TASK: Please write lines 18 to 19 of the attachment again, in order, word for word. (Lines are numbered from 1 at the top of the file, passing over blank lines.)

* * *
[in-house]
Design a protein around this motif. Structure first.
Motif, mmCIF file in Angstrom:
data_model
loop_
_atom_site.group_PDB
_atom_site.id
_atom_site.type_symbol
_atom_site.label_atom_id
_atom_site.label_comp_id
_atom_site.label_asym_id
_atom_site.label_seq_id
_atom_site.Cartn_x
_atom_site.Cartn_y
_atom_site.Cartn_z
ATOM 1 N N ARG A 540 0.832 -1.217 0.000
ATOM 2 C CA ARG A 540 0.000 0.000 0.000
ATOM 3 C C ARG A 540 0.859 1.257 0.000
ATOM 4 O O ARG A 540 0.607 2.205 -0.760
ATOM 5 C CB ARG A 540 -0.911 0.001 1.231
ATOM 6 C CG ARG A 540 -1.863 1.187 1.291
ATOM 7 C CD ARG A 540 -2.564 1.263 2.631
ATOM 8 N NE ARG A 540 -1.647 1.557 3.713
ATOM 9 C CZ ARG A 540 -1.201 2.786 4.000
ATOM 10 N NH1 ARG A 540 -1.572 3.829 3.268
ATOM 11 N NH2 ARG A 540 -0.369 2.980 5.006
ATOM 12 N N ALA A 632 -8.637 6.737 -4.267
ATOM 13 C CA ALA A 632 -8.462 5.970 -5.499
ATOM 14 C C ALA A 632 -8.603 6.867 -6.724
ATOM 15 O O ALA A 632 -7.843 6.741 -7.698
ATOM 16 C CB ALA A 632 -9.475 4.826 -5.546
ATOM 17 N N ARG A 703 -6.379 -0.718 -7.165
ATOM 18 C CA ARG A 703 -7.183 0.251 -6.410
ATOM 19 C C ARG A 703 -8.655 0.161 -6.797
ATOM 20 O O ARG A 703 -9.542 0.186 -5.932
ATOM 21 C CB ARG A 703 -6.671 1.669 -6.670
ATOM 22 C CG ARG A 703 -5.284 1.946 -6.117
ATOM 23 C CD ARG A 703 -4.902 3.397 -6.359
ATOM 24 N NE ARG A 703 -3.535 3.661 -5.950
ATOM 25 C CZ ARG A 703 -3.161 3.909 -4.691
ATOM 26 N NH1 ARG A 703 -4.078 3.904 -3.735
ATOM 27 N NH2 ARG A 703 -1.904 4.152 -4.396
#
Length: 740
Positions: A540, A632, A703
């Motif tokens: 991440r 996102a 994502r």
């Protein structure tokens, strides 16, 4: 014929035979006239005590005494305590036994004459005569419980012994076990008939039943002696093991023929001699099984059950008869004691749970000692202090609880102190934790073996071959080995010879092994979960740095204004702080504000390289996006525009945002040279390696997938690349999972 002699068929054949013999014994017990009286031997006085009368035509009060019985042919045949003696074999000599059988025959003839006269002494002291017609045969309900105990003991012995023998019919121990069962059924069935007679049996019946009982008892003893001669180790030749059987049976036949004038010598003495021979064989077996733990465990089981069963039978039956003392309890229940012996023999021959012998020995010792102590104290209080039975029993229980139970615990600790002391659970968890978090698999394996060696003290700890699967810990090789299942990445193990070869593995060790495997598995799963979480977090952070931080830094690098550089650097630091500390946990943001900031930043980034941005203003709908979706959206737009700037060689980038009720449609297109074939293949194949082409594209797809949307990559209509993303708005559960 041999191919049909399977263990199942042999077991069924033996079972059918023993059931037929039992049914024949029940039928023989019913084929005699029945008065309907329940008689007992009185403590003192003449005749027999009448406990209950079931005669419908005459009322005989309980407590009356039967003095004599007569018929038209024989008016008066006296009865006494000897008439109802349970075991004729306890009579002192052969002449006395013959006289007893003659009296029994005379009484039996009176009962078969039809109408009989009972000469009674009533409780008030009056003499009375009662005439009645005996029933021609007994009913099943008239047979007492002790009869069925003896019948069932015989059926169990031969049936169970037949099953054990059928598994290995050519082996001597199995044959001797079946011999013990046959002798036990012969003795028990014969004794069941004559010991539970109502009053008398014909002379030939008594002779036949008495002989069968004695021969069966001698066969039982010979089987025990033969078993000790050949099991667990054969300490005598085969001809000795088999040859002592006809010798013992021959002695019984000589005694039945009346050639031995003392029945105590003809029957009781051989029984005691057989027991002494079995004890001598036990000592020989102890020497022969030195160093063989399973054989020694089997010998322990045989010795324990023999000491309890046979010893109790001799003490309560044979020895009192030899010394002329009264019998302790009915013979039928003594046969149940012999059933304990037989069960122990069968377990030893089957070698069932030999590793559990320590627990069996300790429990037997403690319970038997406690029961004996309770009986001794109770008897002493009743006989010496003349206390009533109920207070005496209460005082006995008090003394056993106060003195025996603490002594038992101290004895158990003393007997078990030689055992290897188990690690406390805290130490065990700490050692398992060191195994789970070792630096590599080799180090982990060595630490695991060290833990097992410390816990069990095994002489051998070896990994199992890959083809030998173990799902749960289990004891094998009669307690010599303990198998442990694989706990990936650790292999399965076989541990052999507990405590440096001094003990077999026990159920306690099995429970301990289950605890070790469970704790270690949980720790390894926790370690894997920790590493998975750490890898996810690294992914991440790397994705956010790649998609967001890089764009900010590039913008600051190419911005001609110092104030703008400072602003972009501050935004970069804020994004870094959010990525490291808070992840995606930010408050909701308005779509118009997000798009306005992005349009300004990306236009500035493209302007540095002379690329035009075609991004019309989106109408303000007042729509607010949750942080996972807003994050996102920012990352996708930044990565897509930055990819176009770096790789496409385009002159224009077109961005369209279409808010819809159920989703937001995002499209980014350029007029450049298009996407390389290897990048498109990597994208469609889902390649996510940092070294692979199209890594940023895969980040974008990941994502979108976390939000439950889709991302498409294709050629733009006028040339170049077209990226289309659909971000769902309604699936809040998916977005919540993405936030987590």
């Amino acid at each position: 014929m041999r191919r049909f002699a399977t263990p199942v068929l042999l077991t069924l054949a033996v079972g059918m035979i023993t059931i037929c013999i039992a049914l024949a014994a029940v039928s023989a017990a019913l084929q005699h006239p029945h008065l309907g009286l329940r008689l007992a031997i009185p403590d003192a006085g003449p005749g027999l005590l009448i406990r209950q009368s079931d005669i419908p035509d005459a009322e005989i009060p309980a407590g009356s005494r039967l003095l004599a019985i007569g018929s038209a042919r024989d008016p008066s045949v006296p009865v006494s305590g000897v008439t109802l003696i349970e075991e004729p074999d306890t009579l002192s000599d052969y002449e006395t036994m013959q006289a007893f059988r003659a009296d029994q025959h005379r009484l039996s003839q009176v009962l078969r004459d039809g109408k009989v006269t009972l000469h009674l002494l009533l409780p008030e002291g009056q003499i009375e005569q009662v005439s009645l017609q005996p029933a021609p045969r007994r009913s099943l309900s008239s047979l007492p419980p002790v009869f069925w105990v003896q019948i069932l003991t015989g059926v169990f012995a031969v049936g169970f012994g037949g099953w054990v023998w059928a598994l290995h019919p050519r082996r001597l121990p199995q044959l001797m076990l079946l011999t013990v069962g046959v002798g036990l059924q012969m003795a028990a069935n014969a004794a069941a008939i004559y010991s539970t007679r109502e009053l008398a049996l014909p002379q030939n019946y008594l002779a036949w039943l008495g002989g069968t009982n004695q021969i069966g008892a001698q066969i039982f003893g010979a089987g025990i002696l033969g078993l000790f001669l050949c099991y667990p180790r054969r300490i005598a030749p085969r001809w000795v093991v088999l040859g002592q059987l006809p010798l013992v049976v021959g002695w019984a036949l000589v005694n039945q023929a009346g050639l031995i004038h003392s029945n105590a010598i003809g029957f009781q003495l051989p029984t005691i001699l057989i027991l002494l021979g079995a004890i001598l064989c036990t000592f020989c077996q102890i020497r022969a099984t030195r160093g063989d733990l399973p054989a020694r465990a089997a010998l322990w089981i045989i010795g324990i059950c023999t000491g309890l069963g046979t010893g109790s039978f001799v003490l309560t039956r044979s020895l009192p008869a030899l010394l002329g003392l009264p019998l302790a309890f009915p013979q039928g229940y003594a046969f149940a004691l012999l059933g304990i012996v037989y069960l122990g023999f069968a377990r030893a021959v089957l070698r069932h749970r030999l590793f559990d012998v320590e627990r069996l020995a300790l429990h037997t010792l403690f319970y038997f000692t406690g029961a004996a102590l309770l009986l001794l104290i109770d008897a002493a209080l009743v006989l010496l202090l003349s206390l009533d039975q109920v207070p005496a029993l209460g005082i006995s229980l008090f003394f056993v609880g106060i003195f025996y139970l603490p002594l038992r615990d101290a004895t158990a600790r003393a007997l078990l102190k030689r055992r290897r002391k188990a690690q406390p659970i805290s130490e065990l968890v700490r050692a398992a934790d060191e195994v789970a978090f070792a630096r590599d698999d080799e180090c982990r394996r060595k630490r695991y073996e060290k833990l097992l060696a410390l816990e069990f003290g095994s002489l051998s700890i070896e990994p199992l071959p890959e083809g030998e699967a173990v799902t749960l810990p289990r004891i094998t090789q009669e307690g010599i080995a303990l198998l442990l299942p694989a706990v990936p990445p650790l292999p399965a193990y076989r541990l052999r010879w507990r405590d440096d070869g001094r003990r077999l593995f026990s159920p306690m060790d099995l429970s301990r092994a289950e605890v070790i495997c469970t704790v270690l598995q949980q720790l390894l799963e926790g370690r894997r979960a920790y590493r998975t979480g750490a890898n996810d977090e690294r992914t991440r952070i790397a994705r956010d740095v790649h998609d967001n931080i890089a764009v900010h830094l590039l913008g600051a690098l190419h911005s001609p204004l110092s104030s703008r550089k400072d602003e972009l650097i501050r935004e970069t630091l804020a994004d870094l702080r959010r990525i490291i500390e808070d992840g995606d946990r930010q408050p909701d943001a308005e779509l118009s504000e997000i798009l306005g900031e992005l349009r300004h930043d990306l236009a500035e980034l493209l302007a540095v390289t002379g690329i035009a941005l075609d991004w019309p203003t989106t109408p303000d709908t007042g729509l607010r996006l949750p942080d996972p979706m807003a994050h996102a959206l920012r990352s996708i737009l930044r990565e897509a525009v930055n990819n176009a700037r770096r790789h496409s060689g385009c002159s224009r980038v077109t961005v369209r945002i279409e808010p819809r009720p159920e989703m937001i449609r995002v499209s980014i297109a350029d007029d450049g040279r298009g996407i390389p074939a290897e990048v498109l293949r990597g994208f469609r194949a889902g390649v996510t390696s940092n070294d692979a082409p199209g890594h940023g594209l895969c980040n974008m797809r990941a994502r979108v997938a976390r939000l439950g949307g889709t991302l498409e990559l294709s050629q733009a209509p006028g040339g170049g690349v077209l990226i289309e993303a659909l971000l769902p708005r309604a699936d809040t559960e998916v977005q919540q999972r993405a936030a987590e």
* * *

ATOM 3 C C ARG A 540 0.859 1.257 0.000
ATOM 4 O O ARG A 540 0.607 2.205 -0.760